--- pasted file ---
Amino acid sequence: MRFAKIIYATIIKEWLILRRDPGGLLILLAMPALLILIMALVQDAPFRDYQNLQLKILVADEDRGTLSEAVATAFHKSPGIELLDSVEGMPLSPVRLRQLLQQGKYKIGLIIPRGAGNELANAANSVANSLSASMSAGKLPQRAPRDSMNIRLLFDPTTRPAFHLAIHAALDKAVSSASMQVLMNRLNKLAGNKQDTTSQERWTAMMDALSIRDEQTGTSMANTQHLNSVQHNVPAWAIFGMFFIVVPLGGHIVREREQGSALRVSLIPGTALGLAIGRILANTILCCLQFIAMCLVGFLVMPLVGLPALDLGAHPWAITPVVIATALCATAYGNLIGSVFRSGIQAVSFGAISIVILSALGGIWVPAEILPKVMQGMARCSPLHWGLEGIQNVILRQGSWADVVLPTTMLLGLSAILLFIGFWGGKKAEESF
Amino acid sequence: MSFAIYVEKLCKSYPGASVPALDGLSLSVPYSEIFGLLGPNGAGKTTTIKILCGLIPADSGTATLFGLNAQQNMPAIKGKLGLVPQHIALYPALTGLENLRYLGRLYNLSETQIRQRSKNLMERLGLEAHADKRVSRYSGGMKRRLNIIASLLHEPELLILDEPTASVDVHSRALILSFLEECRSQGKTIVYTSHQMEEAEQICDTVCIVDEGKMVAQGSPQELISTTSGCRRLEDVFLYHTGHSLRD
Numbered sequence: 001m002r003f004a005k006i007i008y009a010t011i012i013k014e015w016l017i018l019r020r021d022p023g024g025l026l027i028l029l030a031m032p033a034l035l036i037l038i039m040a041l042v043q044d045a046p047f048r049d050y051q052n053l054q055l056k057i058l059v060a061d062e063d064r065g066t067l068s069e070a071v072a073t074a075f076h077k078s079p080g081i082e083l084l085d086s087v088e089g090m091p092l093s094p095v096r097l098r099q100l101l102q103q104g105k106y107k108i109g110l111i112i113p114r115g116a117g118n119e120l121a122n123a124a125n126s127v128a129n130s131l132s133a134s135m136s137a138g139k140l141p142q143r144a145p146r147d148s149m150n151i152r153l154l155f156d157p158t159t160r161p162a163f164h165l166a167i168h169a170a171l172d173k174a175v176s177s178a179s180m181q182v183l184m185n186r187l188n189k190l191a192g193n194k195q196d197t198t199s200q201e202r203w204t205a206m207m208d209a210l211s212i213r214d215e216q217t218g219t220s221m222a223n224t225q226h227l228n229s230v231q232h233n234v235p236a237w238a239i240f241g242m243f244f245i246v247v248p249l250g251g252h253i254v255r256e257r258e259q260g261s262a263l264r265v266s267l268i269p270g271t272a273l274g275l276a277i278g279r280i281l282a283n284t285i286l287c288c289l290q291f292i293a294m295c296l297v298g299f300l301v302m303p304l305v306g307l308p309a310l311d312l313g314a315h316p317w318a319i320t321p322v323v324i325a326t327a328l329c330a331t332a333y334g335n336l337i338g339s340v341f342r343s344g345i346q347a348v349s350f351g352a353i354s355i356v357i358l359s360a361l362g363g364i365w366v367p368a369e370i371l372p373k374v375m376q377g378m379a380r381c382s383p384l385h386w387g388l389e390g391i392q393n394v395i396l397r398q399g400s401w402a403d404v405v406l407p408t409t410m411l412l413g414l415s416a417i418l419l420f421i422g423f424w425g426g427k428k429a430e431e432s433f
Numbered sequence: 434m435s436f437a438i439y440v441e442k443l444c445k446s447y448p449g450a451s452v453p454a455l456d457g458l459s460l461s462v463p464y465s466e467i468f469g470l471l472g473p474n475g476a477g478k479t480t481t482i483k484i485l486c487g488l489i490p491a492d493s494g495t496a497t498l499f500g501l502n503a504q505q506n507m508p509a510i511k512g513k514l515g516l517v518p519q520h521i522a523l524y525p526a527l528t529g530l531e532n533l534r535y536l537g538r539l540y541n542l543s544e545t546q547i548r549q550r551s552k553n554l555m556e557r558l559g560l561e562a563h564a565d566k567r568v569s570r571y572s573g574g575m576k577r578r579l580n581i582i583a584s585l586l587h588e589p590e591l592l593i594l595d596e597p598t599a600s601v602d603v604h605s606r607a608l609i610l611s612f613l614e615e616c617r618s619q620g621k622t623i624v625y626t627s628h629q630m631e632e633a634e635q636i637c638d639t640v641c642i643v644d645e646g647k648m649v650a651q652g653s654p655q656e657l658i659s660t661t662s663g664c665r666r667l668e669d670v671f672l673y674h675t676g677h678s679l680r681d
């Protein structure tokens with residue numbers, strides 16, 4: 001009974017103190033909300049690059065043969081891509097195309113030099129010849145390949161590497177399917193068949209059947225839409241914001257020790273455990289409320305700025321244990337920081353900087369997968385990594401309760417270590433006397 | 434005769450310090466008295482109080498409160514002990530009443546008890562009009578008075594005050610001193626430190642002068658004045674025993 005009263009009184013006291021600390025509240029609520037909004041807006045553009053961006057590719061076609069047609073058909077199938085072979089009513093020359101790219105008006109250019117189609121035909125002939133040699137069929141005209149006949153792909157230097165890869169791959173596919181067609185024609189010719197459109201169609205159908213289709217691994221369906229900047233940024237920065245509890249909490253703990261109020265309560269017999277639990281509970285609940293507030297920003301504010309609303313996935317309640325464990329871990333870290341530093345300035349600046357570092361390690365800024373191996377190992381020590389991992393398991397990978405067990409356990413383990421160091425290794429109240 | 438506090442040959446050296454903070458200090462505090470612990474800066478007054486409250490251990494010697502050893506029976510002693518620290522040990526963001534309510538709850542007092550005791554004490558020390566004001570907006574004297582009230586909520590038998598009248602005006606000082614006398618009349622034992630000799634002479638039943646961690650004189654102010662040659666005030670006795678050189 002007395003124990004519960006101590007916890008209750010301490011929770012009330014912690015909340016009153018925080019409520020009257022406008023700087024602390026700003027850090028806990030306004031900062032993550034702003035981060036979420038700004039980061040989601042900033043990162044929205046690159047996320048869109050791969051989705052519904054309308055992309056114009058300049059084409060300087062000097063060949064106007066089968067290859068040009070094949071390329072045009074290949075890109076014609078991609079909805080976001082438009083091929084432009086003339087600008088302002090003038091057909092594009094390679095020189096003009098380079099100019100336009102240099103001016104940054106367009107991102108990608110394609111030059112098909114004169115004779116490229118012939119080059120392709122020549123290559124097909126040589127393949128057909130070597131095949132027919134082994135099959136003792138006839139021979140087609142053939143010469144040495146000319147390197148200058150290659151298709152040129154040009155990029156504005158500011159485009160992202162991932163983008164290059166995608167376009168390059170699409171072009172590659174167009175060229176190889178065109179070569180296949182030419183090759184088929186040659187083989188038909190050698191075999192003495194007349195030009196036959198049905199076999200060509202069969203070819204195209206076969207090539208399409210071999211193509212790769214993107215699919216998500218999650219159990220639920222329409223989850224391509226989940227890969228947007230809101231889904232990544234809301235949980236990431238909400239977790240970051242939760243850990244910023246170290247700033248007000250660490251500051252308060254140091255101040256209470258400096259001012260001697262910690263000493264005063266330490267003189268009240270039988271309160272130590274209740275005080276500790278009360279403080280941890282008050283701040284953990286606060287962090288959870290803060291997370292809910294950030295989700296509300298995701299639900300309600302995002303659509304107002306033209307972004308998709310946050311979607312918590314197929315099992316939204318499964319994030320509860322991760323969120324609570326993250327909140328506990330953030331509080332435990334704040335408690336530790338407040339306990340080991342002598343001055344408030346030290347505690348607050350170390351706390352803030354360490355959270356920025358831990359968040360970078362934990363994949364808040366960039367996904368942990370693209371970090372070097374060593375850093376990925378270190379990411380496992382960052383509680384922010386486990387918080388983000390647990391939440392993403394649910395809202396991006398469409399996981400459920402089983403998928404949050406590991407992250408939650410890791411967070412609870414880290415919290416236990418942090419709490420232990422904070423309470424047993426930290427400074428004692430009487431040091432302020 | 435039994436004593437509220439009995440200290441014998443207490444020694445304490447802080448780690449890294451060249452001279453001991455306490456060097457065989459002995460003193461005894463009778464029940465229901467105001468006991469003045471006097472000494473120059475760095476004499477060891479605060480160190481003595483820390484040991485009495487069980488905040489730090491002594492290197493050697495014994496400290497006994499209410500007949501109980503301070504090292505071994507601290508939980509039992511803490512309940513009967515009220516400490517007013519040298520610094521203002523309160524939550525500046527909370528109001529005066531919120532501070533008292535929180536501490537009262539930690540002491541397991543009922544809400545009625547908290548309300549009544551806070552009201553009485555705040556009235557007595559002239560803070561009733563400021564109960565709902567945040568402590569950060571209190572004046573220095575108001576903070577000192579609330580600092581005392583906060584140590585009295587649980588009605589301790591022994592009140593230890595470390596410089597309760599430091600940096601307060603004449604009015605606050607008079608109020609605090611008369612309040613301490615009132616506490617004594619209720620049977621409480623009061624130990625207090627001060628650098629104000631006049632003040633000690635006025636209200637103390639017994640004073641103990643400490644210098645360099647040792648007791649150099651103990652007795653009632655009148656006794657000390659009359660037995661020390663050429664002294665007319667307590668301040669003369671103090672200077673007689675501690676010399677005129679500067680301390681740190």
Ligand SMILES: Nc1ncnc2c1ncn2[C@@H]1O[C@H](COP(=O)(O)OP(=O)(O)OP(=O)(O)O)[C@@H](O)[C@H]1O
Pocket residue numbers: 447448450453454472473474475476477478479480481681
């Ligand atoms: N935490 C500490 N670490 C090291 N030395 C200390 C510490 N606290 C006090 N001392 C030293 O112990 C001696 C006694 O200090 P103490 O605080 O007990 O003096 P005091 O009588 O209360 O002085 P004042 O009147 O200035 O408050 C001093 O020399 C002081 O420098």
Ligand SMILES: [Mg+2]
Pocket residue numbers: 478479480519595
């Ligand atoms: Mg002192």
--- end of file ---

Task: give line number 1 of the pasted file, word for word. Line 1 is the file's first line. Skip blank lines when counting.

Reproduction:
Amino acid sequence: MRFAKIIYATIIKEWLILRRDPGGLLILLAMPALLILIMALVQDAPFRDYQNLQLKILVADEDRGTLSEAVATAFHKSPGIELLDSVEGMPLSPVRLRQLLQQGKYKIGLIIPRGAGNELANAANSVANSLSASMSAGKLPQRAPRDSMNIRLLFDPTTRPAFHLAIHAALDKAVSSASMQVLMNRLNKLAGNKQDTTSQERWTAMMDALSIRDEQTGTSMANTQHLNSVQHNVPAWAIFGMFFIVVPLGGHIVREREQGSALRVSLIPGTALGLAIGRILANTILCCLQFIAMCLVGFLVMPLVGLPALDLGAHPWAITPVVIATALCATAYGNLIGSVFRSGIQAVSFGAISIVILSALGGIWVPAEILPKVMQGMARCSPLHWGLEGIQNVILRQGSWADVVLPTTMLLGLSAILLFIGFWGGKKAEESF